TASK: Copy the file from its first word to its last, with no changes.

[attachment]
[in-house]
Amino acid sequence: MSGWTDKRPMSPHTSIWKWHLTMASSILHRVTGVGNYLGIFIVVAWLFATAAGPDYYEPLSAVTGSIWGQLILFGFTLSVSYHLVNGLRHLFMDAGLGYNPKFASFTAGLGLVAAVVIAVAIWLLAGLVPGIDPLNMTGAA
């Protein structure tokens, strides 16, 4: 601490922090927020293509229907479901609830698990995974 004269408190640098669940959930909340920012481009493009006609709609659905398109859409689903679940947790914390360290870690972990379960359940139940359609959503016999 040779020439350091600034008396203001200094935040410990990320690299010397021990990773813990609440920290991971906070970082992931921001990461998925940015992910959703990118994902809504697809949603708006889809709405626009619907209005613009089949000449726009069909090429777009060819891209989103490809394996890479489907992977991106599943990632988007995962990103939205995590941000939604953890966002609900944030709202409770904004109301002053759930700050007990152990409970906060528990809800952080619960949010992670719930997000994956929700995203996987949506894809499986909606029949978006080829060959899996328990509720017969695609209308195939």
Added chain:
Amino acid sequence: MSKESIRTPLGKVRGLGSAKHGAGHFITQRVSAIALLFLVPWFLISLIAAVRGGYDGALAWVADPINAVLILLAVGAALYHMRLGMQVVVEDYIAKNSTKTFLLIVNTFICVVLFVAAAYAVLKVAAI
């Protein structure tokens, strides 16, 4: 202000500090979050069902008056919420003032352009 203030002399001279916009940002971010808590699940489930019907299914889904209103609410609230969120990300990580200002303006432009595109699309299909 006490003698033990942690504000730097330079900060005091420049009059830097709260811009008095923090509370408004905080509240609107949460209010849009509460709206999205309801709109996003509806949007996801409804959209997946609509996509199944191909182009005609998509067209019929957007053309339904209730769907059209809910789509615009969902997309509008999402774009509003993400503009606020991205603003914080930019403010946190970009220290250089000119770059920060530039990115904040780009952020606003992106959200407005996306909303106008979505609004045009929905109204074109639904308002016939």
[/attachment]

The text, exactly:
[in-house]
Amino acid sequence: MSGWTDKRPMSPHTSIWKWHLTMASSILHRVTGVGNYLGIFIVVAWLFATAAGPDYYEPLSAVTGSIWGQLILFGFTLSVSYHLVNGLRHLFMDAGLGYNPKFASFTAGLGLVAAVVIAVAIWLLAGLVPGIDPLNMTGAA
């Protein structure tokens, strides 16, 4: 601490922090927020293509229907479901609830698990995974 004269408190640098669940959930909340920012481009493009006609709609659905398109859409689903679940947790914390360290870690972990379960359940139940359609959503016999 040779020439350091600034008396203001200094935040410990990320690299010397021990990773813990609440920290991971906070970082992931921001990461998925940015992910959703990118994902809504697809949603708006889809709405626009619907209005613009089949000449726009069909090429777009060819891209989103490809394996890479489907992977991106599943990632988007995962990103939205995590941000939604953890966002609900944030709202409770904004109301002053759930700050007990152990409970906060528990809800952080619960949010992670719930997000994956929700995203996987949506894809499986909606029949978006080829060959899996328990509720017969695609209308195939």
Added chain:
Amino acid sequence: MSKESIRTPLGKVRGLGSAKHGAGHFITQRVSAIALLFLVPWFLISLIAAVRGGYDGALAWVADPINAVLILLAVGAALYHMRLGMQVVVEDYIAKNSTKTFLLIVNTFICVVLFVAAAYAVLKVAAI
């Protein structure tokens, strides 16, 4: 202000500090979050069902008056919420003032352009 203030002399001279916009940002971010808590699940489930019907299914889904209103609410609230969120990300990580200002303006432009595109699309299909 006490003698033990942690504000730097330079900060005091420049009059830097709260811009008095923090509370408004905080509240609107949460209010849009509460709206999205309801709109996003509806949007996801409804959209997946609509996509199944191909182009005609998509067209019929957007053309339904209730769907059209809910789509615009969902997309509008999402774009509003993400503009606020991205603003914080930019403010946190970009220290250089000119770059920060530039990115904040780009952020606003992106959200407005996306909303106008979505609004045009929905109204074109639904308002016939």